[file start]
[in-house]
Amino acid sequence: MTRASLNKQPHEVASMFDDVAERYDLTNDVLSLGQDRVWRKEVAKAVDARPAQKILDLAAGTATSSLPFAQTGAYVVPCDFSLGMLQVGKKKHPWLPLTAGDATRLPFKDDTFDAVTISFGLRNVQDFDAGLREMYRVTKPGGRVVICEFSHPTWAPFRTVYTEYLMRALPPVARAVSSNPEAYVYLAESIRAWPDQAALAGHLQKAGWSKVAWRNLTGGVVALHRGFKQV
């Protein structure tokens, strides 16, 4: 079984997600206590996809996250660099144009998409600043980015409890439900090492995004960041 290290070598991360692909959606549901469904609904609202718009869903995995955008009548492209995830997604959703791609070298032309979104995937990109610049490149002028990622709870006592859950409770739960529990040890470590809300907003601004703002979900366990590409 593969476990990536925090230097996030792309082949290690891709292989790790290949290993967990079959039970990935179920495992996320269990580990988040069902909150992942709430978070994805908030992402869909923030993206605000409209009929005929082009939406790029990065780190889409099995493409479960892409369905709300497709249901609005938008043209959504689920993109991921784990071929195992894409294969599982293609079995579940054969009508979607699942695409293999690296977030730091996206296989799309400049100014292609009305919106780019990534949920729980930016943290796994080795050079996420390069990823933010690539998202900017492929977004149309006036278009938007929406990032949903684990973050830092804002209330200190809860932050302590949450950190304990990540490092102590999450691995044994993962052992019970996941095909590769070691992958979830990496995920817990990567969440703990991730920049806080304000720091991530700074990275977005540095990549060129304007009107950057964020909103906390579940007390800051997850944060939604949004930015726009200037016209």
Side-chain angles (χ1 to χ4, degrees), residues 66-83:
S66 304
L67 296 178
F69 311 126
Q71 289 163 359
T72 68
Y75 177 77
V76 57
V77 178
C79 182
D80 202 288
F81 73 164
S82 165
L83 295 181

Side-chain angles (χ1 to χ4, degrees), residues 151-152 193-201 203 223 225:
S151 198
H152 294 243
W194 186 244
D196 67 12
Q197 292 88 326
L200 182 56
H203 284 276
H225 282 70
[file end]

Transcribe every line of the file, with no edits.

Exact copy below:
[in-house]
Amino acid sequence: MTRASLNKQPHEVASMFDDVAERYDLTNDVLSLGQDRVWRKEVAKAVDARPAQKILDLAAGTATSSLPFAQTGAYVVPCDFSLGMLQVGKKKHPWLPLTAGDATRLPFKDDTFDAVTISFGLRNVQDFDAGLREMYRVTKPGGRVVICEFSHPTWAPFRTVYTEYLMRALPPVARAVSSNPEAYVYLAESIRAWPDQAALAGHLQKAGWSKVAWRNLTGGVVALHRGFKQV
């Protein structure tokens, strides 16, 4: 079984997600206590996809996250660099144009998409600043980015409890439900090492995004960041 290290070598991360692909959606549901469904609904609202718009869903995995955008009548492209995830997604959703791609070298032309979104995937990109610049490149002028990622709870006592859950409770739960529990040890470590809300907003601004703002979900366990590409 593969476990990536925090230097996030792309082949290690891709292989790790290949290993967990079959039970990935179920495992996320269990580990988040069902909150992942709430978070994805908030992402869909923030993206605000409209009929005929082009939406790029990065780190889409099995493409479960892409369905709300497709249901609005938008043209959504689920993109991921784990071929195992894409294969599982293609079995579940054969009508979607699942695409293999690296977030730091996206296989799309400049100014292609009305919106780019990534949920729980930016943290796994080795050079996420390069990823933010690539998202900017492929977004149309006036278009938007929406990032949903684990973050830092804002209330200190809860932050302590949450950190304990990540490092102590999450691995044994993962052992019970996941095909590769070691992958979830990496995920817990990567969440703990991730920049806080304000720091991530700074990275977005540095990549060129304007009107950057964020909103906390579940007390800051997850944060939604949004930015726009200037016209």
Side-chain angles (χ1 to χ4, degrees), residues 66-83:
S66 304
L67 296 178
F69 311 126
Q71 289 163 359
T72 68
Y75 177 77
V76 57
V77 178
C79 182
D80 202 288
F81 73 164
S82 165
L83 295 181

Side-chain angles (χ1 to χ4, degrees), residues 151-152 193-201 203 223 225:
S151 198
H152 294 243
W194 186 244
D196 67 12
Q197 292 88 326
L200 182 56
H203 284 276
H225 282 70